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Pelican PiCam, for slimmer high performance cameras.

| September 8, 2014 | 8 Replies

Screen Shot 2014-09-08 at 10.57.47

 

I guess this goes as part 3 of our quest of high quality cameras against the challenge of slim, bump reduced/free phones.

Related:

http://mynokiablog.com/2014/09/06/could-we-ever-see-a-phone-camera-sensor-as-big-as-the-one-in-the-nokia-808-pureview/

http://mynokiablog.com/2014/09/07/leakyleak-4-7-iphone-6-with-camera-bump-junk-in-trunk-to-be-trendy-hands-on-demoes/

This popped up on reddit over the weekend. Oddly at a similar time to a comment by Rob Beijendorf which mentioned Pelican’s slimmer modules. Nokia prior to the DS buyout had invested into Pelican Imaging. Harlow is constantly praising the research Nokia Imaging peeps do regarding both hardware and computational imaging.

It’s the 16 array camera that provides a lot of depth information. But it’s so much more.

  • The traditional lens is divided into 16 lenses, each with a particular aperture.
  • Each lens corresponds to a subsensor and underlying sensor array
  • Each subsensor is independently controlled
  • Individual sensors are optically isolated
  • Colour filters are a single colour for each camera, eliminating colour cross talk.
  • The raw data is read out and processed that synthesises a high resolution colour image, which also produces a depth map.

Screen Shot 2014-09-08 at 11.15.50

Production of a high res image:

 

Differences in parallax must be corrected. There’s slightly different view points for each camera and software cuts that out.

Without correction, it would look like a bit of a blur with images slightly superimposed.

Screen Shot 2014-09-08 at 11.17.08

To correct this, they compute a depth map.

Screen Shot 2014-09-08 at 11.18.25

Here’s the corrected image side by side with the raw image.

Screen Shot 2014-09-08 at 11.19.16

After depth information, the restoration stage can begin. Pixels are fused from each of the 16 low resolution cameras into a high resolution grid. Screen Shot 2014-09-08 at 11.19.47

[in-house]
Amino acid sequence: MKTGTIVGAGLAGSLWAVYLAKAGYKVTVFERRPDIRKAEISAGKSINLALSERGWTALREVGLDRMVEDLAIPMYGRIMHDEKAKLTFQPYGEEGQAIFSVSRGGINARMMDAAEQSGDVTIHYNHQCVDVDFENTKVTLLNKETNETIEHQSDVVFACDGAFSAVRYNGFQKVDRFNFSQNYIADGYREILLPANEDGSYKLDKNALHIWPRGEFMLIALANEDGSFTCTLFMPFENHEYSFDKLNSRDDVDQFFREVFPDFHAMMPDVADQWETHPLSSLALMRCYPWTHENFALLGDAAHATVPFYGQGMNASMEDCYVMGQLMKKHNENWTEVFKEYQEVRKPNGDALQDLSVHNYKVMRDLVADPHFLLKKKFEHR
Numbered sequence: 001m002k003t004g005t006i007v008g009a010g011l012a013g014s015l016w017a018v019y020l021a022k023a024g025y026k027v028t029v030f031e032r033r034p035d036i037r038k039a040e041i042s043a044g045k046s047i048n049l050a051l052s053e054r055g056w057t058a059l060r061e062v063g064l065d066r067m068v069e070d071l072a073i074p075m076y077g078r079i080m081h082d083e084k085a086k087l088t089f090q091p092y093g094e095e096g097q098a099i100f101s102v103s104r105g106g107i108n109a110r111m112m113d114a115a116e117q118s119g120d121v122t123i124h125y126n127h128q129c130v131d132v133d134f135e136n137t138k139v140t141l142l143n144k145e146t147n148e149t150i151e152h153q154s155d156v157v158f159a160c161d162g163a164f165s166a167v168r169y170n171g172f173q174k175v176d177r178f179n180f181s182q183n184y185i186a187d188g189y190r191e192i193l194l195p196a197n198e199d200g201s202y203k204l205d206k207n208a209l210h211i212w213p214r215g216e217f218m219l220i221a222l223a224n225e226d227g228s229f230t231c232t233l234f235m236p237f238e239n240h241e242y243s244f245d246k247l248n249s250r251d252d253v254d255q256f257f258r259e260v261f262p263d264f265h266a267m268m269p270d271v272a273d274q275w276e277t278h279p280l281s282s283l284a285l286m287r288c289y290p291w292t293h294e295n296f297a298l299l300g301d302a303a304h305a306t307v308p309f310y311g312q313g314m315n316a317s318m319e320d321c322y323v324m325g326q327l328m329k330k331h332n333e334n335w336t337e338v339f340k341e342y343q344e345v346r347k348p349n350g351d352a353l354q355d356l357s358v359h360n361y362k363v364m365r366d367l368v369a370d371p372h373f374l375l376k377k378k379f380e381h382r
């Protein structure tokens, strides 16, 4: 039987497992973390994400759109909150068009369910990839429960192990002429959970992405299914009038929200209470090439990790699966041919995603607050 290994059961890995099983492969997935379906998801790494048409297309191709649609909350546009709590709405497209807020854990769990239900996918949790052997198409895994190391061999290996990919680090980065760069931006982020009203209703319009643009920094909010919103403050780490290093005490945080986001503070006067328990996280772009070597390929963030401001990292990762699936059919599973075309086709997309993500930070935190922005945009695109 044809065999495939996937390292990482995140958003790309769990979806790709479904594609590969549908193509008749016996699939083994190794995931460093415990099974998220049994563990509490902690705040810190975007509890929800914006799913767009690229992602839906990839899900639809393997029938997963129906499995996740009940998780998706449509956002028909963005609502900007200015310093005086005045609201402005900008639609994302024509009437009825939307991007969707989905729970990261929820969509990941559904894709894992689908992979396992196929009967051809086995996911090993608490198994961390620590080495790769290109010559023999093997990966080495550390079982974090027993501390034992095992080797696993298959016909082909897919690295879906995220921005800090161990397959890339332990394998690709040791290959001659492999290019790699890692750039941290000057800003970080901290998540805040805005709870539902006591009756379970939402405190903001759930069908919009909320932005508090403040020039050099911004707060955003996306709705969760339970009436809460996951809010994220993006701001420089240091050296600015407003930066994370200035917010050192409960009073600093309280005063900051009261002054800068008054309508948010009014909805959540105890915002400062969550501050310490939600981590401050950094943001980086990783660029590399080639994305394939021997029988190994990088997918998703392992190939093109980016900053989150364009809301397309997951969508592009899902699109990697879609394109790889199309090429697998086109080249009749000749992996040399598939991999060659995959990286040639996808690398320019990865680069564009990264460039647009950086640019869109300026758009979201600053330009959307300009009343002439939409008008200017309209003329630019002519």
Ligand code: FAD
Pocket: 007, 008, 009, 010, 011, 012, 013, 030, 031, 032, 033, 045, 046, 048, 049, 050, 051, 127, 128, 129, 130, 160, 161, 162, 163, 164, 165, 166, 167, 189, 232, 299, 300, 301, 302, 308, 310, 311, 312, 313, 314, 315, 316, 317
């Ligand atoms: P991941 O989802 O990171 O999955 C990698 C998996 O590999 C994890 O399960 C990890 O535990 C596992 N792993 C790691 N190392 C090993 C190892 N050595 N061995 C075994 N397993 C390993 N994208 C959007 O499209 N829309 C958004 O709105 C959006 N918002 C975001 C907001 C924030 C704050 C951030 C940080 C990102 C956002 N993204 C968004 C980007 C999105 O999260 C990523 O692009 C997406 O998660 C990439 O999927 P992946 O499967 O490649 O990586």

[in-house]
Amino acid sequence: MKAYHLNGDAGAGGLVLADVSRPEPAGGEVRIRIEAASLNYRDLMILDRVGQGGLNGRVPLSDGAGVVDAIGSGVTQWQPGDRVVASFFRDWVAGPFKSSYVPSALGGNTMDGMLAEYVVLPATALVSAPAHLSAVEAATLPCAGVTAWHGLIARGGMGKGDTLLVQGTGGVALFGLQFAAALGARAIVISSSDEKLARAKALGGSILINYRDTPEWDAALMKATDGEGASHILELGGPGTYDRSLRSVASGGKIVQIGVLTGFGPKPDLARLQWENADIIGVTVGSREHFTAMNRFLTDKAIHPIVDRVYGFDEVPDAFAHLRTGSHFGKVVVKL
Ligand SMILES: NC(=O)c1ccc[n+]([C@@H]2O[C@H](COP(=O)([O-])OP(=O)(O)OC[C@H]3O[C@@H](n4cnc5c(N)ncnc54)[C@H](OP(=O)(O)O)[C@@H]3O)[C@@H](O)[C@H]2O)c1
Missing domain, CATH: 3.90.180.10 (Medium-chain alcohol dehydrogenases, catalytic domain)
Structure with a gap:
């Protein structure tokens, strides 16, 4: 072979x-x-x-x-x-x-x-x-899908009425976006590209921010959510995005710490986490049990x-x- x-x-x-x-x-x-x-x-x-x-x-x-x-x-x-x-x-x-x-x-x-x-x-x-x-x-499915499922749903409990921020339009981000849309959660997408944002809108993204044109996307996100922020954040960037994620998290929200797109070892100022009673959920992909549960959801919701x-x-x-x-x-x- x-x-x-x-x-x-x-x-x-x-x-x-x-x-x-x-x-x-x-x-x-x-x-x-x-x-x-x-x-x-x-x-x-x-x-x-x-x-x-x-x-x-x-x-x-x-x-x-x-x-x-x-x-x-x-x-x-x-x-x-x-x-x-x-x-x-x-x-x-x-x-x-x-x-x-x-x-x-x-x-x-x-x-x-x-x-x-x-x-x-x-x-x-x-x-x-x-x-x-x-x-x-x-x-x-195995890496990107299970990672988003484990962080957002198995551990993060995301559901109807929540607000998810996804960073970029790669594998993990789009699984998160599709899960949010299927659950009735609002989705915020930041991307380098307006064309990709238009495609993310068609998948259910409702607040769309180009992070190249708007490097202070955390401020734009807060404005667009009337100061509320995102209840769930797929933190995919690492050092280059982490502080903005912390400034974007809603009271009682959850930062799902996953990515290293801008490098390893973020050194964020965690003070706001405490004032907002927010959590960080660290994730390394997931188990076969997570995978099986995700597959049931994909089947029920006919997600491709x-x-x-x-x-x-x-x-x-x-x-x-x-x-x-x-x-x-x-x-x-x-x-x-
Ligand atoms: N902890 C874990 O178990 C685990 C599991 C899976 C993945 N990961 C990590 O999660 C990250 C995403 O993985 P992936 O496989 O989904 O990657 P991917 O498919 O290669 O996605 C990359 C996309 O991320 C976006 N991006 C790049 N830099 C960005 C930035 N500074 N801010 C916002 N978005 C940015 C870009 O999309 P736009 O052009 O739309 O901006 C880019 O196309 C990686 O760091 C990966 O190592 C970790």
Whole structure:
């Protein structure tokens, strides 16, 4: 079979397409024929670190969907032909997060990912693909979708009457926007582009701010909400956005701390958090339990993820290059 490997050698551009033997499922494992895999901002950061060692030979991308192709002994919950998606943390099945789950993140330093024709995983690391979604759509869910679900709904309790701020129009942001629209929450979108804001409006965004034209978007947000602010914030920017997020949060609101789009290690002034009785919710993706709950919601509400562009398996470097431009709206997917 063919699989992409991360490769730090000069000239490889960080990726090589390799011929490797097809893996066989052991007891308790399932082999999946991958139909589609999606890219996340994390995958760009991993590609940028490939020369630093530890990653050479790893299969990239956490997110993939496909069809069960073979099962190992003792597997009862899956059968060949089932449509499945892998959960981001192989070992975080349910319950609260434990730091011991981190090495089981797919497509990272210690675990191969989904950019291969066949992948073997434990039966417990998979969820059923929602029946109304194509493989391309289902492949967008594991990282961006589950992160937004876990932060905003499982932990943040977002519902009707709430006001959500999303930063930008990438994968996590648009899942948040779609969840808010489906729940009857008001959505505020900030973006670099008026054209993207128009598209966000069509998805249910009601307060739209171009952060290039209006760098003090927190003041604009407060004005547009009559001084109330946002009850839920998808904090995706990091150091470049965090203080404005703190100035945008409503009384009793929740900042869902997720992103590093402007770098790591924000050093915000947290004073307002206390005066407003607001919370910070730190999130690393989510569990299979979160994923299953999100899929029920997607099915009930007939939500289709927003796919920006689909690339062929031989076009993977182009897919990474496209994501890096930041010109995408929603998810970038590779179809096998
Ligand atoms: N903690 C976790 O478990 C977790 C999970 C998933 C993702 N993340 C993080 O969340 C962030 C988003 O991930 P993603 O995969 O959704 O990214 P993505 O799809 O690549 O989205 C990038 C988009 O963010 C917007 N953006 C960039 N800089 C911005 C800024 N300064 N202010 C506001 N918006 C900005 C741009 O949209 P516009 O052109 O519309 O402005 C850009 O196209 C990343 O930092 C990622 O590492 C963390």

Below, it’s just the green channel.Screen Shot 2014-09-08 at 11.20.44

The above is just a small subsection.

 

Once fused onto a common grid, the remaining holes are filled.Screen Shot 2014-09-08 at 11.21.43

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These are the ‘filled in holes’

Screen Shot 2014-09-08 at 11.23.16

This is further refined with the map restoration algorithm to form an optimal reconstruction of the original scene.
Screen Shot 2014-09-08 at 11.24.15

Finally, the colour is restored.

Screen Shot 2014-09-08 at 11.25.00

Things we’ve seen before?

  • With 16 cameras, PiCam can produce a picture of different depth information. So focusing afterwards. Instead of the way Nokia camera takes multiple photos at different focus point, the 16 cameras can all take individual focus points, correct the image and produce a picture that you can focus afterwards.
  • Everything is in focus but you can also create synthetic focus effects.

Screen Shot 2014-09-08 at 11.27.06

PiCam can refocus video as well.

Screen Shot 2014-09-08 at 11.29.01

There’s virtual view points. A sort of 3D view as you can pan up/down/left/right and see around objects etc.

The motion parallax gives a sense of depth. No special glasses or screen necessary.

Screen Shot 2014-09-08 at 11.29.45

The depth information and image can also be used to create 3D objects/improved augmented reality.

Screen Shot 2014-09-08 at 11.30.52

 

Concerns?

  • What will the actual performance be like?
  • What about low light?
  • What about action shots?
  • How much detail can we get?
  • What about OIS? (Some comments in youtube video suggested further computational IS)

 

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Category: Lumia, Nokia

About the Author ()

Hey, thanks for reading my post. My name is Jay and I'm a medical student at the University of Manchester. When I can, I blog here at mynokiablog.com and tweet now and again @jaymontano. We also have a twitter and facebook accounts @mynokiablog and  Facebook.com/mynokiablog. Check out the tips, guides and rules for commenting >>click<< Contact us at tips(@)mynokiablog.com or email me directly on jay[at]mynokiablog.com